There was a bakery in a town by the sea that she loved, and she used to be their best customer at the farmers market before they moved to the coast. So much so that they made a pastry in her honour, named after her. It always tickled her. It was so Briony, she just took such joy in life and the crazy little things. Maybe that’s what happens when you live for 20 years after your first cancer diagnosis. She was just so joyful, always laughing. (She wasn’t a saint… It was often a dirty laugh or a naughty cackle.)
So last week we decided to take a day off work and we drove down to the coast with her husband and we went to that bakery and they had made the pastries in her honour. We sat out in the sun and we ate them. It was glorious. And funny because you couldn’t eat them without getting in a mess. She would have found it hilarious.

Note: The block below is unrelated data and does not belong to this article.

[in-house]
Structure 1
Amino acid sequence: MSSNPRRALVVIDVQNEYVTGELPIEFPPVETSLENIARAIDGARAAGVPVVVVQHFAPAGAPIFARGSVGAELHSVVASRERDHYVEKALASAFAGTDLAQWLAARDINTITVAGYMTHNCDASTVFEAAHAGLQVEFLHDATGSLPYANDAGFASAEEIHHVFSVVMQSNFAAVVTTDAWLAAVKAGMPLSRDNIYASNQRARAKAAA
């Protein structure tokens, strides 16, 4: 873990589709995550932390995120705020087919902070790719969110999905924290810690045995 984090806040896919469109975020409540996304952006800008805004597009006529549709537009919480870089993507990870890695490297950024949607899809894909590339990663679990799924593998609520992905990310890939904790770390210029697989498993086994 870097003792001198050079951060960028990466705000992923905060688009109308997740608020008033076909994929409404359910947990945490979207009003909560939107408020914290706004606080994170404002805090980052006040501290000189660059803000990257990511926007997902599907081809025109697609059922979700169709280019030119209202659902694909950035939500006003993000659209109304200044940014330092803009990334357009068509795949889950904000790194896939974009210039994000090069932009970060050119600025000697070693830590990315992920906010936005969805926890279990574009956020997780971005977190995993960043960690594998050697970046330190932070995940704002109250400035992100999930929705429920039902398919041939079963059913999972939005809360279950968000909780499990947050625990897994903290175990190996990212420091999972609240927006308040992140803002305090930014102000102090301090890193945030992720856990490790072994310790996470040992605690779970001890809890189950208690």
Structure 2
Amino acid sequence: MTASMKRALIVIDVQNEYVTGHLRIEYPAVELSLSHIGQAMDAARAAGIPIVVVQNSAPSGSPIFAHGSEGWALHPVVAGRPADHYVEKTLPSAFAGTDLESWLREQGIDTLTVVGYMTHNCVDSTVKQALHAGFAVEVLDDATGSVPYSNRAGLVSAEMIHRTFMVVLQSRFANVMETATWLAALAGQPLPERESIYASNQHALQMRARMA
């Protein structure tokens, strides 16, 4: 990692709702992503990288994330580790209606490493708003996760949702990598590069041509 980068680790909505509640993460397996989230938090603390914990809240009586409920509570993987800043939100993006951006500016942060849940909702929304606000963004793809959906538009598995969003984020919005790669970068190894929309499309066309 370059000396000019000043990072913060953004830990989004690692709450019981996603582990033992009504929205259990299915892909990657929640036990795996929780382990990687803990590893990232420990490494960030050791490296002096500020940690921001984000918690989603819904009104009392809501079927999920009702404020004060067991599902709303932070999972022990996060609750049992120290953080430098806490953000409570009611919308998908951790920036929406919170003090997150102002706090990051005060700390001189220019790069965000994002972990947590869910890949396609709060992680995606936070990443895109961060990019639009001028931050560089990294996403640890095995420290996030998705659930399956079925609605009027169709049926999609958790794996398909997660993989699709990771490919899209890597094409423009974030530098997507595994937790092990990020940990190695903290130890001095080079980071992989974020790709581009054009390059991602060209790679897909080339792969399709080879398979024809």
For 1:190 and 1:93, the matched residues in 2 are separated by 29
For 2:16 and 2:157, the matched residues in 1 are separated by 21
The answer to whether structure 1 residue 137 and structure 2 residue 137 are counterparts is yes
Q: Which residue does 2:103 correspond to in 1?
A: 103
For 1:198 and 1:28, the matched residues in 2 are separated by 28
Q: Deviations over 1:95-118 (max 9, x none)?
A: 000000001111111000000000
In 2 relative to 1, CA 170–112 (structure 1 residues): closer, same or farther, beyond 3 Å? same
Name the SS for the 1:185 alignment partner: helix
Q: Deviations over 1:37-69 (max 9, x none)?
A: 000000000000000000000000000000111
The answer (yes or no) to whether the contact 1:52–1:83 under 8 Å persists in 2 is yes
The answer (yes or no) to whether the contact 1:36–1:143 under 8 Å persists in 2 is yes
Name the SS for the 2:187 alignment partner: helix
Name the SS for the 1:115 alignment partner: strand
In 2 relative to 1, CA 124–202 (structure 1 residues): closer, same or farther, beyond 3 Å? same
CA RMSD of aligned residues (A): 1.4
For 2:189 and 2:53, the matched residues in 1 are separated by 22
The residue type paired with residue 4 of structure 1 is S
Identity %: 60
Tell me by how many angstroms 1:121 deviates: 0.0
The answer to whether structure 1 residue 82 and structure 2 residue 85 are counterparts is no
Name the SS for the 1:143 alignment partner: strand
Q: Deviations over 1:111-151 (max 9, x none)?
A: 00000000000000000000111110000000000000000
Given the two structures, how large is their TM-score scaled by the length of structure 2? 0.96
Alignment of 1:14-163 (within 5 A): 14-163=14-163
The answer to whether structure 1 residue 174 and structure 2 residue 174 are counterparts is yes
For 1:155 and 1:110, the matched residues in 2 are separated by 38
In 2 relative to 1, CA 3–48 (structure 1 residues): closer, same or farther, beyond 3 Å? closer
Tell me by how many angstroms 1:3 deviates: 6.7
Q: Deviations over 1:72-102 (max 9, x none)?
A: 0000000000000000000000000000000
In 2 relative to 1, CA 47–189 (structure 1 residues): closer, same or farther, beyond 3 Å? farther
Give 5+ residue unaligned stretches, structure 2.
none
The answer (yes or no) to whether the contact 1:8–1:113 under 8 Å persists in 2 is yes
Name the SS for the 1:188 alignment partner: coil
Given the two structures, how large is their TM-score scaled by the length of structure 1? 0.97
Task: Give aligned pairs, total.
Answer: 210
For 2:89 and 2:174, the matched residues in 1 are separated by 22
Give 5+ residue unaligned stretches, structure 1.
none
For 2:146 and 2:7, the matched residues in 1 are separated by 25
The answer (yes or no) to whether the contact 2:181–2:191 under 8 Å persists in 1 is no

We took Dog, because he was a huge part of their lives. And B as well. It was a really nice day, with walks along the beach and then we went back via a cheese place she loved. She would have loved the day and it felt like a good way to honour her. But I’m sure I’m going to be honouring her in little ways throughout the rest of my life.
My main grief reaction is baking. The day she died, I baked a load of brownies. And I packaged them up in pretty packs and I sent them out to people with a note about her, saying I wanted to spread a bit of her joy to them. People loved them. I’m going to keep on doing it for a while. It makes me feel less useless to do something nice in her name. I like the idea of spreading a little sunshine because that’s what she always did. And I think she would have loved the idea.
Her funeral is next week. I’m one of the few allowed to go because of Covid, but T and B (and possibly Dog) can wait outside. I do feel funerals are more for the living but I am grateful to be there for her family. I don’t feel like it will be over after that though. I’m going to be thinking about her for the rest of my life. And trying to remember to be grateful for what I have because she and others didn’t get the chance. And I hope I’ll do her proud.